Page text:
Just please, please, Judd... don't drop the ball now that you've carried it down the field a bit.
Now, did Catwoman #1 really need to be so gratuitous? Eh, maybe not. But it depends how you look at it. This is a comic where the main plot point/reveal is a down and dirty, fetishistic sex scene between two costumed "super"-people. So, assuming we don't have a problem with that in and of itself (and after my awesome, eye-opening explanation you don't have a problem with it anymore either, right??), do you really want a scene like that to sneak up on you at the end of the book and assault your face like that? No, probably not. Especially if you were considering reading said comic book to your kid. So instead, Winnick does us a favor by parading Selena around in her underwear on the VERY FIRST PAGE. This isn't just gratuitous T&A, folks.... this is Judd's way of warning us about what's to come. This is his way of saying "parents, take your kids out of the room because they're gonna be nasty superhero boot-knockin' later on." And for that, I kind of thank him.
As for the Starfire issue, well.... I'm really not sure there's any "good" defense for that one. Another reviewer made an interesting point, though: that maybe, just MAYBE, by making Starfire an amnesiac sex toy Lobdell is actually thumbing his nose at male fandom in general... his way of saying "you didn't want her when she was a strong, supportive woman, so here ya go, here's your inflatable alien warrior sex doll, ya buncha horny jackasses." I kinda like that explanation. Also, I'd like to point out that neither Jason, nor Roy, makes any effort to resist Kori or take the high road. Both of them seem to take her up on her offer without so much as a peep of protest, or even a weak "hey Kori, you're my friend, this isn't right, you're re-enacting your past as a slave through your friends and maybe this isn't healthy for you, so I'm gonna have to say no to the whole sex-thing." No, Roy doesn't really say that at all. So it begs the question.... who is that scene in question REALLY making a statement about? I mean, really, wasn't anyone else even SLIGHTLY disturbed by how quickly Roy took her up on the offer? I'd like to think that if my hot alien friend wanted to have meaningless sex with me as a way of acting out a behavior that was forced onto her as an intergalactic slave, I might say "um, no, look, I care about you and I want you to be healthy in the head, so instead of sex let's go see that therapist over there."
Yeah... I'd like to think that.
On the other hand, maybe we're all intellectualizing this a bit too much. Maybe Lobdell just thought he could sell more books by tossing in some hot inter-species sex. I prefer to think that he's really taking the high road and trying drive home a real message. Or maybe I'm just justifying my own inner fanboy. I'll let you be the judge.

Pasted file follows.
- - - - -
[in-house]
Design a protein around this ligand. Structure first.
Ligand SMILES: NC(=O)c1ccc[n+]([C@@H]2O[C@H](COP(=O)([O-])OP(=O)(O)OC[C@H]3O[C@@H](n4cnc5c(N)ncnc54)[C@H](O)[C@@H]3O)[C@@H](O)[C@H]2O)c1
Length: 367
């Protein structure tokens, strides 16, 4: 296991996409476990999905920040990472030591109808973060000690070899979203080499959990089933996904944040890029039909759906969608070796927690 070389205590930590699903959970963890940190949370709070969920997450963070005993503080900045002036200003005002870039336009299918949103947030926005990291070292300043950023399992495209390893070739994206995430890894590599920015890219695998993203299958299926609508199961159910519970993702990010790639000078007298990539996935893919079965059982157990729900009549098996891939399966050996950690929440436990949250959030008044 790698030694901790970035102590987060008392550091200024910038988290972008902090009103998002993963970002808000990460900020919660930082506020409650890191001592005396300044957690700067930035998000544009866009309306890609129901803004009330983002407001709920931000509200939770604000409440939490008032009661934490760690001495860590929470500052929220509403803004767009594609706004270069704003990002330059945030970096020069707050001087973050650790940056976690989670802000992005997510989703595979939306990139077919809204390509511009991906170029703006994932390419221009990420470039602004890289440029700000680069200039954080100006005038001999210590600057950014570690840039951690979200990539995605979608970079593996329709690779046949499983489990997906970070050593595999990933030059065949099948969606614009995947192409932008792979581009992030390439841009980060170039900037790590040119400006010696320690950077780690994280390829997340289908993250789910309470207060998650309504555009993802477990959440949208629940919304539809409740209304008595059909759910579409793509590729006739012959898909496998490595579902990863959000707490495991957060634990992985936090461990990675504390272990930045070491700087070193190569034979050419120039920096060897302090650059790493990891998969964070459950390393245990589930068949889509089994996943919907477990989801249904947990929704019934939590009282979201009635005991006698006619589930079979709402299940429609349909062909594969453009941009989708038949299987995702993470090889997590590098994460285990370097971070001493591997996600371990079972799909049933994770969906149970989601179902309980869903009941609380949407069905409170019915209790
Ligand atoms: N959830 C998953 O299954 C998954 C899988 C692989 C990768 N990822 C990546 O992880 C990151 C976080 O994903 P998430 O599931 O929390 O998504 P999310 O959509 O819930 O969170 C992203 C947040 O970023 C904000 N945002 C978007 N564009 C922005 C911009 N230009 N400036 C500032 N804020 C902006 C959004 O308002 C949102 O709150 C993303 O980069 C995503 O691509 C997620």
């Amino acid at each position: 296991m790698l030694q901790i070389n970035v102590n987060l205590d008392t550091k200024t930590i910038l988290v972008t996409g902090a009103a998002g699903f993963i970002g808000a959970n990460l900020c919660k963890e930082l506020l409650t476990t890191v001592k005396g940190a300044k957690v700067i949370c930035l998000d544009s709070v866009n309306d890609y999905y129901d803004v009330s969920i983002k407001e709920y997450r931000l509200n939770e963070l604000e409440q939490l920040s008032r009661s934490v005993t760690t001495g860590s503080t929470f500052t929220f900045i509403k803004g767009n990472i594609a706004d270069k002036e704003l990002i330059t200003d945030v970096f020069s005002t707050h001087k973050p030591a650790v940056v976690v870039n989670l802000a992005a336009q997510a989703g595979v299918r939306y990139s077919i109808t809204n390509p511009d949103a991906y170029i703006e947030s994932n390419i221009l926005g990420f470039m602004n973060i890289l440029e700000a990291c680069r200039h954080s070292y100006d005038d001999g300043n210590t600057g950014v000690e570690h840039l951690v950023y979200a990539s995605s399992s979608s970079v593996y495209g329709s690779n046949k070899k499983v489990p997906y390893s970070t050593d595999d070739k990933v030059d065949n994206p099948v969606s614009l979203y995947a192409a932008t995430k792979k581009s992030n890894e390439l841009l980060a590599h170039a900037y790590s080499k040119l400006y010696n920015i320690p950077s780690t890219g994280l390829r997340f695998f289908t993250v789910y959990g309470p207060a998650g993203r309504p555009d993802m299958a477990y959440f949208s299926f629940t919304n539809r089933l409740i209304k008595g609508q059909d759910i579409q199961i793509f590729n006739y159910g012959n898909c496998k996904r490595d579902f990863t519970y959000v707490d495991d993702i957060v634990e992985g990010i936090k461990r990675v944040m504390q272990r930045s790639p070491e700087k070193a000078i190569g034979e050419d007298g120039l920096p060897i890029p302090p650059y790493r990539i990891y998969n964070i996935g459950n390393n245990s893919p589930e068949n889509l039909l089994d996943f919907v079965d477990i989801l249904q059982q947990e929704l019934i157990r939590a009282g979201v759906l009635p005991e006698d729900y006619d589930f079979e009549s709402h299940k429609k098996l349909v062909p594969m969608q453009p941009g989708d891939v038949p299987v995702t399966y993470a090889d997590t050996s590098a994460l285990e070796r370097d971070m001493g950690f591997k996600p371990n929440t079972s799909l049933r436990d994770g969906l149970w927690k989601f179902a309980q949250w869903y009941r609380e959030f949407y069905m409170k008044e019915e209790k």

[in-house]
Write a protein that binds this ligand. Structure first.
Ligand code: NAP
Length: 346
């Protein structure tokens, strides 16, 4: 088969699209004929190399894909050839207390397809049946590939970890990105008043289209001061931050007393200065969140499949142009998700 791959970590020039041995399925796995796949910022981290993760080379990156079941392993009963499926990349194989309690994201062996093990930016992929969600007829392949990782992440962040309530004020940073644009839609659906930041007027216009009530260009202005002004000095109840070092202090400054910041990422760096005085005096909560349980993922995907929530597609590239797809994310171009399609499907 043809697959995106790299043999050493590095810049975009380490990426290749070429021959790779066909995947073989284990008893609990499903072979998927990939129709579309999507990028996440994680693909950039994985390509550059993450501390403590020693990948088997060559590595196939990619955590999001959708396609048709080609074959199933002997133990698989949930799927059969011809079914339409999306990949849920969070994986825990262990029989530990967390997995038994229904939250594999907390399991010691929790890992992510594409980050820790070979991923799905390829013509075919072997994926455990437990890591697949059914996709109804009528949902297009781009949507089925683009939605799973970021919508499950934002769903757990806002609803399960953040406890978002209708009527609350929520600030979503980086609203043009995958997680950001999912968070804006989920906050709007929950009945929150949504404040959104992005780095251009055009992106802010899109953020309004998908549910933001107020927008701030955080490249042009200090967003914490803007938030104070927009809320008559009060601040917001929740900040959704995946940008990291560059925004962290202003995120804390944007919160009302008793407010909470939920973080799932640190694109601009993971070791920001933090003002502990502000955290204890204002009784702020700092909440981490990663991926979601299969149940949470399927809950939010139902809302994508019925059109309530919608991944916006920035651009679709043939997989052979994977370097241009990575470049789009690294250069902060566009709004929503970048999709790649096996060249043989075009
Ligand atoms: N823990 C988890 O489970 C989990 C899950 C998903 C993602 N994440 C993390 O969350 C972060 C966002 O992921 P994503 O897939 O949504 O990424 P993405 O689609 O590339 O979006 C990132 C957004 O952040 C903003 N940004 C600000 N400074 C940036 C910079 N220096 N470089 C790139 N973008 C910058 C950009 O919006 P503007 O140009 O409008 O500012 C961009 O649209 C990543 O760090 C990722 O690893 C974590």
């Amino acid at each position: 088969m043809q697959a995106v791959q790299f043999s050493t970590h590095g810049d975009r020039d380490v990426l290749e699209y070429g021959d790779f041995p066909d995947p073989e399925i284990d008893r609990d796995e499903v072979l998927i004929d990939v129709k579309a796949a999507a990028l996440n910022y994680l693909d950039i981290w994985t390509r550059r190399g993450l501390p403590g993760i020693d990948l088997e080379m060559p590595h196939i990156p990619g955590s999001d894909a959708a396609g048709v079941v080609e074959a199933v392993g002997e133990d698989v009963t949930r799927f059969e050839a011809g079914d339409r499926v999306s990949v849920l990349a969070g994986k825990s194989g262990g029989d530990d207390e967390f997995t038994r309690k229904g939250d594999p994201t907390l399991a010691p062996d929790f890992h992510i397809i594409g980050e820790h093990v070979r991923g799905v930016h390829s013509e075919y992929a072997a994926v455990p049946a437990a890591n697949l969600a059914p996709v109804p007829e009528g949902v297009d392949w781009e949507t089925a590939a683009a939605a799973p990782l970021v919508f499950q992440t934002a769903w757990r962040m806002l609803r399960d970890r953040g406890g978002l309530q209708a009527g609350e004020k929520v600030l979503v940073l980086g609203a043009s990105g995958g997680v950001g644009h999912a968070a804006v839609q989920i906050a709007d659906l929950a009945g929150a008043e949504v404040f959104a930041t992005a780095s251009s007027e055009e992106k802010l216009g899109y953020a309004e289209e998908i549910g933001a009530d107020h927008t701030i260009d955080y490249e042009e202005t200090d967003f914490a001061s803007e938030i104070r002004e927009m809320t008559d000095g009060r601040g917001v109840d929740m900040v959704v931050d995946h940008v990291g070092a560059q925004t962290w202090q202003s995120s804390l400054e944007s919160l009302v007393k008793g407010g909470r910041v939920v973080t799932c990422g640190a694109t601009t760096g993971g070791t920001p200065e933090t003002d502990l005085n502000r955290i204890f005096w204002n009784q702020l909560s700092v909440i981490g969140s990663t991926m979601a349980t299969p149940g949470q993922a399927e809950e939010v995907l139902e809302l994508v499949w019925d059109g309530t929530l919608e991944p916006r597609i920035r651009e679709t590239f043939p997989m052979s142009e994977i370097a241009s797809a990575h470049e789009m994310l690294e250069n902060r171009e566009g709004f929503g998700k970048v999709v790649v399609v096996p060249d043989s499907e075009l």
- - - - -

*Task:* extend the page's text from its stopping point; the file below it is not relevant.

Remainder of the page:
So, do I think that turning Kori into the group slut is a good idea? No, not really. Do I think there could be a reason behind it besides just fanboy fantasy fulfillment? I think there could, and a genuinely hope there is. I will say this though.... Lobdell already has a sizable hole to dig himself out of with that one.
But come on, if we're gonna talk about comic book character sexual objectification, can we talk about the MEN for a minute?? (you know you want to)
Comic-book wise, I "came of age" in the 90s, and all of us who lived through that know exactly what that means. When I was younger I even wanted to be a comic artist. Like most of us I didn't get very far with that particular dream... but I produced a few pieces here and there that I'm kinda proud of. That being said, looking back I've noticed that every male figure I've drawn over the course of my life has essentially been a shirtless mass of muscle with a line across each bicep to give the vague impression of a shirt sleeve. It's kinda disturbing when I look back on it, and I place the blame squarely on Rob Liefeld. I mean, seriously... for as accomplished as my art actually got, I never really learned to draw cloth of any kind because apparently superheroes airbrush on their shirts before they leave the house, even in their civilian identities.
The point I'm trying very hard to make is that, yeah, DCs moves can definitely be construed as objectifying to women, and possibly even sexist, if you wanna look at it that way... but for every woman objectified in comic books over the past few decades for their sexual potential I can show you 5 men objectified for the wish-fulfilment they represent.
Who DOESN'T wanna date a hot warrior woman, and be able to spray-paint his shirt on? OR dress up in a cape and do it on a rooftop with a former prostitute?? Come on, it's the American Dream, baby.